Welcome to another VSHN.timer! Every Monday, 5 links related to Kubernetes, OpenShift, CI / CD, and DevOps; all stuff coming out of our own chat system, making us think, laugh, or simply work better.
This week we’re going to talk about Kubernetes operators… and that famous song, which some of you will have stuck in their heads for days to come thanks to the title of this post.
1. Two weeks ago we mentioned that Kubernetes is raising the abstraction level for DevOps. For the past three years since their introduction, operators have been leading the way in this upwards movement. As a reminder, Operators are custom controllers extending Kubernetes to create, configure, and manage instances of complex apps. At the time of this writing, OperatorHub.io lists over a hundred operators, providing Day-2 management support to DevOps engineers all over the world. In the meantime, engineers learnt and identified common issues and best practices for operators. What makes, then, a good Operator these days? Alex Handy from Red Hat recently summarized it in a detailed blog post.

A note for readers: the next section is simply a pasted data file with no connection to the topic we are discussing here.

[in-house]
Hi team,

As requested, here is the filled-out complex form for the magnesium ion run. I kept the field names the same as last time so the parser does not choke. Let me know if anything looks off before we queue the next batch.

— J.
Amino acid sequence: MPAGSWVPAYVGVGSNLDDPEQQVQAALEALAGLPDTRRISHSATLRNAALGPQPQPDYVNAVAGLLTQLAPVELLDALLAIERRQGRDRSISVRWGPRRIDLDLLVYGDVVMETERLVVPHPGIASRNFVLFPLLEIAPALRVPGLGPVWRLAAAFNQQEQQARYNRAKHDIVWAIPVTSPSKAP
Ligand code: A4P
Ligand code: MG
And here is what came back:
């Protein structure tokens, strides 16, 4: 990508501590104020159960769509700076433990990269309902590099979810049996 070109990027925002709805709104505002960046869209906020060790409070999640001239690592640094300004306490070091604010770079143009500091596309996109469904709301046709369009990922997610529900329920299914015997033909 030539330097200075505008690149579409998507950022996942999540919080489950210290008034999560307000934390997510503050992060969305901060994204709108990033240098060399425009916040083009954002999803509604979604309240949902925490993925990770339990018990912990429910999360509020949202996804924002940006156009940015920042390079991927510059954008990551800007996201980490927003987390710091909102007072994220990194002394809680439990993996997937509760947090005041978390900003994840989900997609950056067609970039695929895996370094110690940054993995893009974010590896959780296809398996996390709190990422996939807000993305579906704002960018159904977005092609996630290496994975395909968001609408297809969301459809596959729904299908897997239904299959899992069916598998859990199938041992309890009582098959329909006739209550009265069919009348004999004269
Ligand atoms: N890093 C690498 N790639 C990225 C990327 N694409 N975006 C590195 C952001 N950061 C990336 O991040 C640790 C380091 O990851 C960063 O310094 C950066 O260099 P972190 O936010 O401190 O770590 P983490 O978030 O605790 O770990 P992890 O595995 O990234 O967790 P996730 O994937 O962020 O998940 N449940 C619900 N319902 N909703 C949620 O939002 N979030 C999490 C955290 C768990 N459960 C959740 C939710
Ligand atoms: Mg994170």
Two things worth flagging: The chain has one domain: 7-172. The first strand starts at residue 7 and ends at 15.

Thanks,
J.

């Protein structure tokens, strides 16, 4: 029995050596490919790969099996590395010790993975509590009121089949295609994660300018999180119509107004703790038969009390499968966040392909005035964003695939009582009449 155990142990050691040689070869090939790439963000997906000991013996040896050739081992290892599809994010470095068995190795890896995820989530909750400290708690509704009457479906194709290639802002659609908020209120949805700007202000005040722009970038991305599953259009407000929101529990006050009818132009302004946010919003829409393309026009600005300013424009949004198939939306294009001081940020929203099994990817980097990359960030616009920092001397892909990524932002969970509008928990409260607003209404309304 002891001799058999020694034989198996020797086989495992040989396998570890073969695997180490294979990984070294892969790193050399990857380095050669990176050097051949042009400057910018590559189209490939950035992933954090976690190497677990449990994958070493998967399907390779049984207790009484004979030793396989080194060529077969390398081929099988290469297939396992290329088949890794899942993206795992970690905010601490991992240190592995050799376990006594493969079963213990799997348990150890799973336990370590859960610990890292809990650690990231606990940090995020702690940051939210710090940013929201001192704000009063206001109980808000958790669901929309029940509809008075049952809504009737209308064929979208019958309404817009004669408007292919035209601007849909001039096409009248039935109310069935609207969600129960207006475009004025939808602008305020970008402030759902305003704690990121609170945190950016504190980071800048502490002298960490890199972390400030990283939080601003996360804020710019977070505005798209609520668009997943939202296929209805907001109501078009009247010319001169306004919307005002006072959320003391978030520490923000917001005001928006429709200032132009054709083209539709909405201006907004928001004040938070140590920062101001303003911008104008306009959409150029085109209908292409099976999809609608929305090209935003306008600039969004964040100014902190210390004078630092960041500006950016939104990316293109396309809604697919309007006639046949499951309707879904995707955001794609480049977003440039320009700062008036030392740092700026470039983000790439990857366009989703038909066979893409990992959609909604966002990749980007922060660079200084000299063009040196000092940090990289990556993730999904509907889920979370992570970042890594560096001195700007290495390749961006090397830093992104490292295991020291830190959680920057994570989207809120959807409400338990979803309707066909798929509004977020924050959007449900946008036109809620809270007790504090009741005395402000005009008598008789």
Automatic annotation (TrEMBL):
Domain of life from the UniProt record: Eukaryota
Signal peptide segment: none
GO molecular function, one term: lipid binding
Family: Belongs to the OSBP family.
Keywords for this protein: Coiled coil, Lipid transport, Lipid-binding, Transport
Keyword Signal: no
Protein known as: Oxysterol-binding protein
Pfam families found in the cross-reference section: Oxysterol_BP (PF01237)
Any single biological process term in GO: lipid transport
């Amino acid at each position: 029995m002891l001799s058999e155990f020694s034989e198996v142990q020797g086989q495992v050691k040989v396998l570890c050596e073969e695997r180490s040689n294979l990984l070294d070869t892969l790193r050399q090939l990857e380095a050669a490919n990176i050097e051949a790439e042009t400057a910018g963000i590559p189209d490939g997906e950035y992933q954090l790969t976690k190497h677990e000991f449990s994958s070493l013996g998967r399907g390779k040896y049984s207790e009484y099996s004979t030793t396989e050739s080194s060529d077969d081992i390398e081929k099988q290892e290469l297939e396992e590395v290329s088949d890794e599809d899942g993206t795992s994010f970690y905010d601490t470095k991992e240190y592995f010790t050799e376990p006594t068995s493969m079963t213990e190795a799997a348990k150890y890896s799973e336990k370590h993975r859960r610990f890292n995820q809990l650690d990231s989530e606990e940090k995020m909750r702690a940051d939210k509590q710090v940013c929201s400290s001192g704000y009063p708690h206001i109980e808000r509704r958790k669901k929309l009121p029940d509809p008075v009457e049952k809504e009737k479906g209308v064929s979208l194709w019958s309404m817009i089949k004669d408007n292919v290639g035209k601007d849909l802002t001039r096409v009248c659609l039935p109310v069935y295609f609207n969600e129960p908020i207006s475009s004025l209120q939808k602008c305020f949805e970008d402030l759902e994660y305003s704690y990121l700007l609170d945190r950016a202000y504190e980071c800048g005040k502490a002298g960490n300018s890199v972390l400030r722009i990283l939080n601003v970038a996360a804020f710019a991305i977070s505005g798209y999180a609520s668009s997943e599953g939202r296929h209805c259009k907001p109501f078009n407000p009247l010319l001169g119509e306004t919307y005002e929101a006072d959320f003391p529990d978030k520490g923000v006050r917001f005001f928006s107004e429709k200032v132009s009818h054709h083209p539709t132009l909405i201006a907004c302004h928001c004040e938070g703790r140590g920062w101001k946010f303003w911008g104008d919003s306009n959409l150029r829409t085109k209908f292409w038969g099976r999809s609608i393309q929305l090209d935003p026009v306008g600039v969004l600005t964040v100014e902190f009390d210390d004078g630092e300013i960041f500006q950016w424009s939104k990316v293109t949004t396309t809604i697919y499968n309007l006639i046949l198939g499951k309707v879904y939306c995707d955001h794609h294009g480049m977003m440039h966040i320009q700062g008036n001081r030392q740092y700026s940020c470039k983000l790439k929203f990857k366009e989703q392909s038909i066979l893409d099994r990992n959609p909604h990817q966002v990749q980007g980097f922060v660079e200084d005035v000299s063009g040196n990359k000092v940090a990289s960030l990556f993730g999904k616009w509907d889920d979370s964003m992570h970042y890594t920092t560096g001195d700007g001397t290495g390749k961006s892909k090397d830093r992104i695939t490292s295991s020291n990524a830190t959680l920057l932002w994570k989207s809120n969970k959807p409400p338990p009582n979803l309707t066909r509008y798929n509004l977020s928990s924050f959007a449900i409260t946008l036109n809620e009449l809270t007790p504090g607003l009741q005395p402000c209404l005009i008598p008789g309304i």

I’m sure this will upset somebody, but OLM and Operator Hub should go away. It’s creating unnecessary fragmentation in the space. Operator is a polluted term, but it’s here to stay. The unit of management is not an operator, it’s a helm chart. The ecosystem has spoken.
— Darren Shepherd (@ibuildthecloud) April 18, 2020
2. Some companies are actively harnessing the power of Kubernetes operators. Here at VSHN we have published some, for example our legendary K8up backup operator, the Espejo operator, and more recently the upcoming Project Syn’s Lieutenant operator. Another well-known operator fan is the Banzai Cloud team, who recently introduced version 3 of their now ubiquitous Logging operator.
3. The Banzai Cloud team recently released the new Thanos Operator, whose main task thankfully isn’t to snap its fingers and delete half of your deployments. Quite the opposite, indeed; Thanos extends Prometheus with long term storage and querying capabilities, allowing DevOps engineers to be able to monitor multiple cloud environments in the easiest possible way.
4. Red Hat strongly supports the Kubernetes operator ecosystem. The Red Hat Communities of Practice regularly publish new, useful, and open-source operators showcasing novel uses. Take, for example, operators for Namespace Configuration, Quay, or Cert-Utils. Even better, check out the Operator Utility Library, itself written on top of the Operator SDK to help developers write better and smoother operators.
Do you use deploy operators in your clusters? Do they help you in your day-to-day work? Have you published any operator you would like to share with the community? Get in touch with us through the form at the bottom of this page, and see you next week for another edition of VSHN.timer.